Got something to say? Here’s how to state your case

Our five top tips to help you get your views across clearly and convincingly.

Everywhere you look at Barclays, you’ll find bright, informed, articulate people. To hold your own among them when you start an internship or full-time role, you need to be able to make your points clearly and assertively. And that’s true whether you’re in an interview, taking part in an internal meeting or advising a client one-on-one.

Sometimes it can seem intimidating. You’re surrounded by more experienced colleagues; are they really going to be interested in what an intern or graduate thinks? (The answer is ‘yes’ by the way.) Or perhaps you’re more of a listener than a talker and not used to being as vocal in a group. Whatever the reason for not voicing your opinions, it’s important that you overcome it. Our diversity is one of our biggest strengths. But we can’t make the most of it without everyone’s perspective.

Here are five simple ways to state your case effectively.

1. Use volume control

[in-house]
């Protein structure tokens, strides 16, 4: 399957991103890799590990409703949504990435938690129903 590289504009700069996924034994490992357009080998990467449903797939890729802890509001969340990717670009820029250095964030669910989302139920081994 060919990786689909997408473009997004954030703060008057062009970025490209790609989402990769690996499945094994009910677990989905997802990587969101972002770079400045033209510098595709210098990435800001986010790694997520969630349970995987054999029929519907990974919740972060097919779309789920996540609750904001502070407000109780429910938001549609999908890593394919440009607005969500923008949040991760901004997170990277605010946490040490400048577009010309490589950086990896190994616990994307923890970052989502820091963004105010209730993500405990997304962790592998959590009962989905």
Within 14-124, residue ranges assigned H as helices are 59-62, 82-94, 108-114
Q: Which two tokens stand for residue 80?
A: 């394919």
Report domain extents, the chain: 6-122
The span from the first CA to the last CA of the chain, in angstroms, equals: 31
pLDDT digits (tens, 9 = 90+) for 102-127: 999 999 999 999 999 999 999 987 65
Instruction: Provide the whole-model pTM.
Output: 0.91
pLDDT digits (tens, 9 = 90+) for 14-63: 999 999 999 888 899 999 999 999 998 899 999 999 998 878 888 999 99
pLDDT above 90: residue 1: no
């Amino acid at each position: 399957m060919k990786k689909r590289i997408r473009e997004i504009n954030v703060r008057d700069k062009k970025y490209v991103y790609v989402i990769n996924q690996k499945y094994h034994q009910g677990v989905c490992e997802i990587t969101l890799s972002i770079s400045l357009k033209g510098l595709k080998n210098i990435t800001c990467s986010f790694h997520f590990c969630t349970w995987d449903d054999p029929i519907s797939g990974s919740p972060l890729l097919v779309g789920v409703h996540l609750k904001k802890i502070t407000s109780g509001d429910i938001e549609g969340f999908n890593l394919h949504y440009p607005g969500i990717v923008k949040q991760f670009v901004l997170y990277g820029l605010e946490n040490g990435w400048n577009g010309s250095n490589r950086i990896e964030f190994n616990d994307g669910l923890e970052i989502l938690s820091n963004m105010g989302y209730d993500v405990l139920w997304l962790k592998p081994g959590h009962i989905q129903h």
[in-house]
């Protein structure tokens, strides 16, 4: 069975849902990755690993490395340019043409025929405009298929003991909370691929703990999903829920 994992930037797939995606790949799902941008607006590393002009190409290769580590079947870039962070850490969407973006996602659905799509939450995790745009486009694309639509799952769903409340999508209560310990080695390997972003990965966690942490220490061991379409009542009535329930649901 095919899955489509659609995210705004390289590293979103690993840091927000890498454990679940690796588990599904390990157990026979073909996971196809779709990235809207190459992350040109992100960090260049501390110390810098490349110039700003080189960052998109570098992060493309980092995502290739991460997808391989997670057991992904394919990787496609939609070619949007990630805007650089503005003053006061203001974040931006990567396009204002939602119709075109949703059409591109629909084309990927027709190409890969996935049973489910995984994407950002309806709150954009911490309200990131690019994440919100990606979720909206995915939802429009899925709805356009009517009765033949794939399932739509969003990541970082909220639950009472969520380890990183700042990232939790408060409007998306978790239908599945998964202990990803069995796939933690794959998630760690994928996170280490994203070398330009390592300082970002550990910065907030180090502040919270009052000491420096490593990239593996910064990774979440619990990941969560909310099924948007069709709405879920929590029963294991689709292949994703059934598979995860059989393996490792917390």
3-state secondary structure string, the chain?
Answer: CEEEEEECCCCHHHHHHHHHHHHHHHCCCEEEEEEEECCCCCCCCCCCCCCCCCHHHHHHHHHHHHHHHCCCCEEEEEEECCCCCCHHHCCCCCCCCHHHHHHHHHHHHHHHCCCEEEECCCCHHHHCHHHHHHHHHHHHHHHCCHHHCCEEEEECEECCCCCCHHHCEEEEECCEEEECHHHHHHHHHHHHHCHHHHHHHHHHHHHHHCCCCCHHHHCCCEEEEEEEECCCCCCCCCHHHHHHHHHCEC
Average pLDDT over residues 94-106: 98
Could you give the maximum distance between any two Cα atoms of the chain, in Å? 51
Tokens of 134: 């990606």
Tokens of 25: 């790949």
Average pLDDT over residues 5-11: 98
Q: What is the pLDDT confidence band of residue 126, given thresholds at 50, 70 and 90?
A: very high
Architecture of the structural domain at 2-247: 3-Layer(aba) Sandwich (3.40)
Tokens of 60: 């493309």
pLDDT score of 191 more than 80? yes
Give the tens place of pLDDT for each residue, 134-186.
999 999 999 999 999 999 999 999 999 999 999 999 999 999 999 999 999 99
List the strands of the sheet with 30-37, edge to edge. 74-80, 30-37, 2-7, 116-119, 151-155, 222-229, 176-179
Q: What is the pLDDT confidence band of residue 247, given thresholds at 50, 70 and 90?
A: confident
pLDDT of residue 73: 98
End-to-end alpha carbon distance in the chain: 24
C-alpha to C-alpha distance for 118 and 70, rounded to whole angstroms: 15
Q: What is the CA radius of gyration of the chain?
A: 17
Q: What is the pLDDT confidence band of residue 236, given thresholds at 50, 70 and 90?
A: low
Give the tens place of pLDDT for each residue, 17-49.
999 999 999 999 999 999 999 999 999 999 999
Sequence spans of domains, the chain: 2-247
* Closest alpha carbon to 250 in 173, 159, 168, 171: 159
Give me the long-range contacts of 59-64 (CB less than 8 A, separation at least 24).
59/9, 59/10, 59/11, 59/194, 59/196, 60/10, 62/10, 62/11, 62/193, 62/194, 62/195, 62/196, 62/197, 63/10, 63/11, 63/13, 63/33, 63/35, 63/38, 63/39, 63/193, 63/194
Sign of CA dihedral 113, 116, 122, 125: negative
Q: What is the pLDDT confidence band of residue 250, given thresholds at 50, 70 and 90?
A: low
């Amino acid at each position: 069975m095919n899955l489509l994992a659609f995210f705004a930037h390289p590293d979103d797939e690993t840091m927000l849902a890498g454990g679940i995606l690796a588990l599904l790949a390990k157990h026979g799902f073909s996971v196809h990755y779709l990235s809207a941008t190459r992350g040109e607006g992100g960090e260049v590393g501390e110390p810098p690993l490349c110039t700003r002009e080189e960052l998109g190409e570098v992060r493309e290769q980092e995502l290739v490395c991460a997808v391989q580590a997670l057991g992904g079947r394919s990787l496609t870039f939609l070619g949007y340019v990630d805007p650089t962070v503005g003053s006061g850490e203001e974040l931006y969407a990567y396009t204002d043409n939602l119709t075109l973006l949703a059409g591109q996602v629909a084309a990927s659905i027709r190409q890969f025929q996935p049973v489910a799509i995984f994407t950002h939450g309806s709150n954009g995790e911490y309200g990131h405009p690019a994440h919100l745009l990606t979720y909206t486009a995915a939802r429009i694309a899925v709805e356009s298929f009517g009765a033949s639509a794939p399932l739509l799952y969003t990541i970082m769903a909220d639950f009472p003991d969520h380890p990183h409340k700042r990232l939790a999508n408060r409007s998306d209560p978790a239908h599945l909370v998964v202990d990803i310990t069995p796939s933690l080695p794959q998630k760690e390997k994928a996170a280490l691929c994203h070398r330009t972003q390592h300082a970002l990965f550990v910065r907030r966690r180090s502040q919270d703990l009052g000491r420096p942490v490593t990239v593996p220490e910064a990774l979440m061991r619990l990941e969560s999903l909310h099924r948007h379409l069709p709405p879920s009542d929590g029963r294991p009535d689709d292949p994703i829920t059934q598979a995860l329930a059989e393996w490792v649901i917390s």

Match the volume of whoever you’re talking to. It’s okay to speak a little louder to make a point – but not too loud. A raised voice can sound aggressive, which may make others defensive and cause arguments. No matter how valid your point, you’ll have alienated your audience.

2. Don’t butt in

No one likes someone who constantly interrupts, so let people finish their point before making yours. In a long meeting? Then note down your questions as you go and wait for a natural break in the conversation to ask them.

3. Sound the part

Lose words and phrases that suggest uncertainty and devalue your contribution. You’ll sound more assured. Imagine the following with the words in bold removed.

  • ‘I’m just an intern'

  • ‘I’ll try and get it to you tomorrow’

  • I think it’ll take me about an hour’

It’s not about being blunt, which can come across as rude. It’s about being direct and to the point.

4. Frame points well

It’s not just what you say, it’s also how you say it. Frame your opinions in a way that suggests you’ve really thought them through. For instance: 

  • ‘In my view...'

  • ‘I would say...’

  • ‘Here’s my take on it...’

Recognize the opinions of others too.

  • ‘You have a point, but have you thought about..' 

  • ‘I see what you mean. Why don't we compromise and...’ 

  • ‘I hadn’t thought of it that way. In which case we could...’

5. Plan ahead

What questions might people ask you? What answers should you give? What counter-arguments will you face? It’s no surprise that the more prepared you are, the more confident you’ll feel.

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